Sujit Choudhry Breaks Down The Problems With Constitutional Democracies

Berkeley in California is the home of one of the most knowledgable professors in the field of constitutional law and general politics. His knowledge of the two subjects is exceptionally thorough, and he has studied the transition of constitutional law as it has evolved over time. The professor has also been blessed with many opportunities to study these phenomena in real-world situations. While he has published a fair number of articles discussing various subsets of these topics, his most recent piece details how modern constitutional democracies are in danger of falling apart.

Taking and Making a Point on a Current Issue

To make a larger point, Choudhry begins by discussing the investigation into whether or not the Russians influenced the 2016 presidential and whether or not the Trump campaign and administration had anything to do with the influence (releasefact.com). There were rumors that Trump was considering firing Robert Mueller, the head of the special counsel for the investigation, but experts agree that could spark a powder keg of constitutional problems.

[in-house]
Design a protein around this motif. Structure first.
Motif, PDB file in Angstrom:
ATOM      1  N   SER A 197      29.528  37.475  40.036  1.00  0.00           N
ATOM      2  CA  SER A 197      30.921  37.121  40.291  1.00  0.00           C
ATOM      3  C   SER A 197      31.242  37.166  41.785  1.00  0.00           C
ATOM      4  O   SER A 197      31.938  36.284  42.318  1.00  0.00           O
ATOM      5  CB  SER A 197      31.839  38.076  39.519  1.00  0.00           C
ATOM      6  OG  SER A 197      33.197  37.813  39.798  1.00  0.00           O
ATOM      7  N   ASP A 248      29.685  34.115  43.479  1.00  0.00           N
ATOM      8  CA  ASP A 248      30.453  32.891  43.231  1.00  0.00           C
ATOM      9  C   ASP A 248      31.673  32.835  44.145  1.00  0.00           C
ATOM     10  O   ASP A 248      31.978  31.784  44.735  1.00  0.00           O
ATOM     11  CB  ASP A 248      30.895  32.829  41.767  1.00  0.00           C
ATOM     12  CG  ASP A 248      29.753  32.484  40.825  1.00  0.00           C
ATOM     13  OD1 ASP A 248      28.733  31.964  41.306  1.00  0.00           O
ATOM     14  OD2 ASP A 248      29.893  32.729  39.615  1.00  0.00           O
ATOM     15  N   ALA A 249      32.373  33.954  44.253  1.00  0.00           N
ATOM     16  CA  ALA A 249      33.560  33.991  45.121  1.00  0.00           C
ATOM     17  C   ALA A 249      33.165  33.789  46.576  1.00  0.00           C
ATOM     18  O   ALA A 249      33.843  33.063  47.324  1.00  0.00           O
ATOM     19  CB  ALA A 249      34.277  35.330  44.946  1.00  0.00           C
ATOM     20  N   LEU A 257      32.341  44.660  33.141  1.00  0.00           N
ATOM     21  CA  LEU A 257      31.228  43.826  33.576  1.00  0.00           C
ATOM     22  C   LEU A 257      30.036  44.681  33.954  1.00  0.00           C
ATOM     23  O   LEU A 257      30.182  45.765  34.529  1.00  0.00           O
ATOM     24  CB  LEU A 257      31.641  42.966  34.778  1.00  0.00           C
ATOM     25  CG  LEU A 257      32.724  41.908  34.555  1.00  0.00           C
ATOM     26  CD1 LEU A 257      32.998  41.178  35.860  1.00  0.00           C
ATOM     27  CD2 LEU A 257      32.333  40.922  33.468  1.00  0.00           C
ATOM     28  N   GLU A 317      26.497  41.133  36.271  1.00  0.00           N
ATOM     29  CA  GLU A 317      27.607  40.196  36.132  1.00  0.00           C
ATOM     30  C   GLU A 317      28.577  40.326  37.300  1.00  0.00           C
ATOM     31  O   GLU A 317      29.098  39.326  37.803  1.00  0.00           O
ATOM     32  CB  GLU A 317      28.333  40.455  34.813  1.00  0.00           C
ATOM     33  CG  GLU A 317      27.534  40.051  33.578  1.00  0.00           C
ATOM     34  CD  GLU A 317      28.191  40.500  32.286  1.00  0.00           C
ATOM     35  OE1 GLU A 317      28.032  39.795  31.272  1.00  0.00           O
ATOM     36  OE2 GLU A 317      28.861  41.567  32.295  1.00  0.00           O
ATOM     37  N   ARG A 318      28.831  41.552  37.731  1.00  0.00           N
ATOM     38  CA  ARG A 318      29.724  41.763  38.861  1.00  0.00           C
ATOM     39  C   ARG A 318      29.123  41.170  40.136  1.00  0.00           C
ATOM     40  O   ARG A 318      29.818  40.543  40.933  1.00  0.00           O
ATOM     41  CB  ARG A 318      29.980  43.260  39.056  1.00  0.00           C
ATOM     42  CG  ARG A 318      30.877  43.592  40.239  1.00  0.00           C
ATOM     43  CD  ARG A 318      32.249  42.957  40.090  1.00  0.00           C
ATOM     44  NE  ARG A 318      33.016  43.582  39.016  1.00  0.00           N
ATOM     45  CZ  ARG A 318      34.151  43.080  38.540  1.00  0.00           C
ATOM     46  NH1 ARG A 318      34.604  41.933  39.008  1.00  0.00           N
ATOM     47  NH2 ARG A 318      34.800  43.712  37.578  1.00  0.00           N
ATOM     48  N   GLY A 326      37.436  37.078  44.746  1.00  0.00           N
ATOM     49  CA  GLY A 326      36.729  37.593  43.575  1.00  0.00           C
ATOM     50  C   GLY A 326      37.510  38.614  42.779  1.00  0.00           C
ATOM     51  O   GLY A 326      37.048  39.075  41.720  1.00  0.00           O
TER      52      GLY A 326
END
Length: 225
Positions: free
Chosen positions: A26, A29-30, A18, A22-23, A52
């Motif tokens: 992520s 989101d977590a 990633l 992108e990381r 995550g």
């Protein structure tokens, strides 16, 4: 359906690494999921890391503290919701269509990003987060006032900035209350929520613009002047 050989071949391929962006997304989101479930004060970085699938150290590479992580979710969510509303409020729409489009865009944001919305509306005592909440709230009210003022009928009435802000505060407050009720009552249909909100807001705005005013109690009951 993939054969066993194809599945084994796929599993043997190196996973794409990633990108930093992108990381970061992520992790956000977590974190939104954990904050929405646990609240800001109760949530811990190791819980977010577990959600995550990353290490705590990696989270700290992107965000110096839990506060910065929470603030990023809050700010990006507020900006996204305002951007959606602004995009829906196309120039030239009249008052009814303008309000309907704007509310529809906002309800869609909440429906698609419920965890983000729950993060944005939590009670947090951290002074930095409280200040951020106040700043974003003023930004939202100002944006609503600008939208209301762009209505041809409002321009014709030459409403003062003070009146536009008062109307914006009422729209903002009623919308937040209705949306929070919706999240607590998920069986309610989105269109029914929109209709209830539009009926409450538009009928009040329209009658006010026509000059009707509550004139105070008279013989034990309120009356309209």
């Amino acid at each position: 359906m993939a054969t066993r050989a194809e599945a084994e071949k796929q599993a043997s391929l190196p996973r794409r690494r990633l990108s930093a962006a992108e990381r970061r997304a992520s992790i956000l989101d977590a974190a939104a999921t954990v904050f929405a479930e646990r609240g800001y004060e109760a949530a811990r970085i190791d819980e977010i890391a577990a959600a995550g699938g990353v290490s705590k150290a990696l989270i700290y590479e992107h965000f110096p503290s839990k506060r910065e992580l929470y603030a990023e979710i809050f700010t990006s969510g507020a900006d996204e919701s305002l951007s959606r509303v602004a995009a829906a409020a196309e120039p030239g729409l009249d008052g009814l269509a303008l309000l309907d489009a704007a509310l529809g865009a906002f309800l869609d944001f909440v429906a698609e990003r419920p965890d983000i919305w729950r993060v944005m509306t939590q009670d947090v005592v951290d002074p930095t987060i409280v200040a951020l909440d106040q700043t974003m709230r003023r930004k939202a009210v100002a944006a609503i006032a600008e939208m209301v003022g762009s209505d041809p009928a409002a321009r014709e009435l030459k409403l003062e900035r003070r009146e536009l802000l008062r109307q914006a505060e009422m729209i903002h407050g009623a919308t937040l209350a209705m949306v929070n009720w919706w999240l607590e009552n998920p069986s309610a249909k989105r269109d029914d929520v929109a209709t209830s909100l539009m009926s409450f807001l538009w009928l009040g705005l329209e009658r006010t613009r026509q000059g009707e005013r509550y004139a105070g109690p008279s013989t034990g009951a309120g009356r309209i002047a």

This is more than a mere fault of the democratic process at its core. For those who understand how to deal with the issues that face modern governments, taking advantage of the democratic process isn’t very difficult. For instance, in 2015, the Polish government was populated with a majority of members from the nationalist right-wing party. This gave them the control they needed to make changes to the constitution of the nation, so they have used their time in power to try to change as much of the democratic infrastructure in Poland as they can to better suit their party. Technically, all of their actions have been ‘legal’.

To learn more of his published works, visit works.bepress.com

Choudhry points out that at one point in history, the only way to overthrow a system of government was by force. That is no longer case, however. Now, the best way to gain control of a government is to get voted in legally. At that point, all you have to do is skirt the line between doing what’s in the best interest of your party and your party alone and those actions that might be considered red lines or public focal points in their constitutionality.

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